Counting optical photons from scintillation events

To convince myself that I am implementing non-proportional scintillation yield correctly I plan on replicating figure 2 in The light yield nonproportionality component of scintillator energy resolution | IEEE Journals & Magazine | IEEE Xplore by counting optical photons produced by electrons which are part of a chain where the primary at some point underwent photoelectric absorption. Results are separated based on final interaction type after the simulation is complete. For this I want to make sure that I am even counting optical photons correctly.

To build up to this I setup a linear yield case and defined the resolution scale to be zero so that I could observe the total yield lines corresponding to which shells that the primary gamma interacted when scattering or being absorbed.

However, I recorded more photons in some cases than should have been possible for my setup (yield=54 photon/keV, resolutionscale=0) as well as not seeing discrete lines
Redline show the maximum number of optical photons I think should ever be produced, 54*(primary energy=662keV), my code used to snag the output was

G4bool ScintillatorSD::ProcessHits(G4Step *aStep, G4TouchableHistory *ROhist)
    const G4String& PostProcessName = 
    const G4double& DeltaEnergy = 

    G4Track *track = aStep->GetTrack();
    auto secTrack = aStep->GetSecondaryInCurrentStep();
    G4double secSize = (*secTrack).size();

    G4ParticleDefinition* particle = track->GetDefinition();
    const G4String& particleName = particle->GetParticleName();
    // Call analysis manager
    G4CsvAnalysisManager *man = G4CsvAnalysisManager::Instance();
    // If the particle is a primary, save interaction type, this is how I sort
    // my data later.
    if (track->GetTrackID() == 1) {
        if(DeltaEnergy < 0) {
            // Save event ID
            man->FillNtupleIColumn(0, 0, G4RunManager::GetRunManager()->GetCurrentEvent()->GetEventID());
            // If Photoelectric save 1
            if (PostProcessName == "phot") {     
                man->FillNtupleIColumn(0, 1, 1);
            // If Not photoelectric save 0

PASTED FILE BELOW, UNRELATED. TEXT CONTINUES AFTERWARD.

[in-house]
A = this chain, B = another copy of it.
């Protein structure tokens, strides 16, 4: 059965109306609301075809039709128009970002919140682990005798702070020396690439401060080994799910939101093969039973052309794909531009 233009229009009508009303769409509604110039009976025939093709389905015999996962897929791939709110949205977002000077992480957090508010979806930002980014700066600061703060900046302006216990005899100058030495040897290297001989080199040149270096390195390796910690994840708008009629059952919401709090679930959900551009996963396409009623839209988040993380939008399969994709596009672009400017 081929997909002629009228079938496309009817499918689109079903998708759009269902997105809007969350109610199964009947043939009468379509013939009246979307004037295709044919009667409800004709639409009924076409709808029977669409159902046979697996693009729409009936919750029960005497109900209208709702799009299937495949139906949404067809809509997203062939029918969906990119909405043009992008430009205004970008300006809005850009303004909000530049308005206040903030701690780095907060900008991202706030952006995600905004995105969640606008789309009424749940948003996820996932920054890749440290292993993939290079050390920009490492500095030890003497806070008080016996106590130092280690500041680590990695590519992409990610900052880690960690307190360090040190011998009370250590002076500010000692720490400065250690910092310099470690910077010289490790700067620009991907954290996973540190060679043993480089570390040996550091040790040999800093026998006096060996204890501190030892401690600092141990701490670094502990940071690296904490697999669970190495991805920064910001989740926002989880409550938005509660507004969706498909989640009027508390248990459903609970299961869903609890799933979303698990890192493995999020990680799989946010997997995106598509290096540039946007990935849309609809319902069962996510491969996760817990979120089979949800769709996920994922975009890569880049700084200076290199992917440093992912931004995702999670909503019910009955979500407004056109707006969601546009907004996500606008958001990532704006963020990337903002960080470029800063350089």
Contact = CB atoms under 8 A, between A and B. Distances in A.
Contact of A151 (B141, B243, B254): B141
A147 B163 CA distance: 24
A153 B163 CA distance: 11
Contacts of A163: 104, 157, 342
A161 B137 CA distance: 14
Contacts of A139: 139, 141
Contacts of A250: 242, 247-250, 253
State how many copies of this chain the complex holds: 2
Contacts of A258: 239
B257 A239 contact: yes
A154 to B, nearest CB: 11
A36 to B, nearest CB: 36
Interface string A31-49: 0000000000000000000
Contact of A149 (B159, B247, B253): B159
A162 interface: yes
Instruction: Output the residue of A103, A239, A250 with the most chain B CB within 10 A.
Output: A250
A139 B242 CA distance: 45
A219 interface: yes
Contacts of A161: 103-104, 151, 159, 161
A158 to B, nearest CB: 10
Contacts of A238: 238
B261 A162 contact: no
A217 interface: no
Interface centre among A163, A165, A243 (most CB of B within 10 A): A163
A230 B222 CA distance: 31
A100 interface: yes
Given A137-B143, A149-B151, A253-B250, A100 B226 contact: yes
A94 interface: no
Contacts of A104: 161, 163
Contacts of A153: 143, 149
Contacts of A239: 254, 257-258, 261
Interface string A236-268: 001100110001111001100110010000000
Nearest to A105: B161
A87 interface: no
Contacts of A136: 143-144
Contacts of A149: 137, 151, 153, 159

man->FillNtupleIColumn(0, 1, 0);

    // Not a primary, check if it is an electron
    } else if (particleName == "e-") {
        // check if there was any energy loss
        if(DeltaEnergy < 0) {
            // Now start counting the number of secondary optical photons
            G4int numoptical = 0;
            // Loop through all secondaries
            for (int i=0; i<secSize; i++){
                G4String secondaryName = (*secTrack)[i]->GetDefinition()->GetParticleName();
                // Increment counter if secondary is an optical photon
                if (secondaryName=="opticalphoton"){
                    numoptical = numoptical + 1;
            // save event ID and number of optical photons
            man->FillNtupleIColumn(1, 0, G4RunManager::GetRunManager()->GetCurrentEvent()->GetEventID());
            man->FillNtupleDColumn(1, 1, numoptical);
        // Kill secondary electron
    return true;

Now if I kill my electrons after their first step, I do see discrete lines as I expect, maybe because what I see are the results of photons produced by electrons which gave up energy in one step
So my question is this, am I double counting optical photons causing the yield to not be located at discrete locations, or is this a product of how the optical photons are produced in Geant4?

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This may be because, when the mean number of optical photons in a step is <= 10, the actual number is drawn from a Poission distribution.

  if(MeanNumberOfPhotons > 10.)
    G4double sigma = ResolutionScale * std::sqrt(MeanNumberOfPhotons);
    fNumPhotons = G4int(G4RandGauss::shoot(MeanNumberOfPhotons, sigma) + 0.5);
    fNumPhotons = G4int(G4Poisson(MeanNumberOfPhotons));

RESOLUTIONSCALE doesn’t affect this.


Thanks for the reply! I do observe that the steps a electron takes where the released number of optical photons were less than 10 occurs on the order of 1e1, so this seems the likely answer for why I observe the deviations. And now I can have a bit more confidence that I am counting my optical photons correctly!

Hey! I was also simulating a scintillator but my physics processes are only printing Transportation and OpAbsorption. Can tell where it is wrong ?

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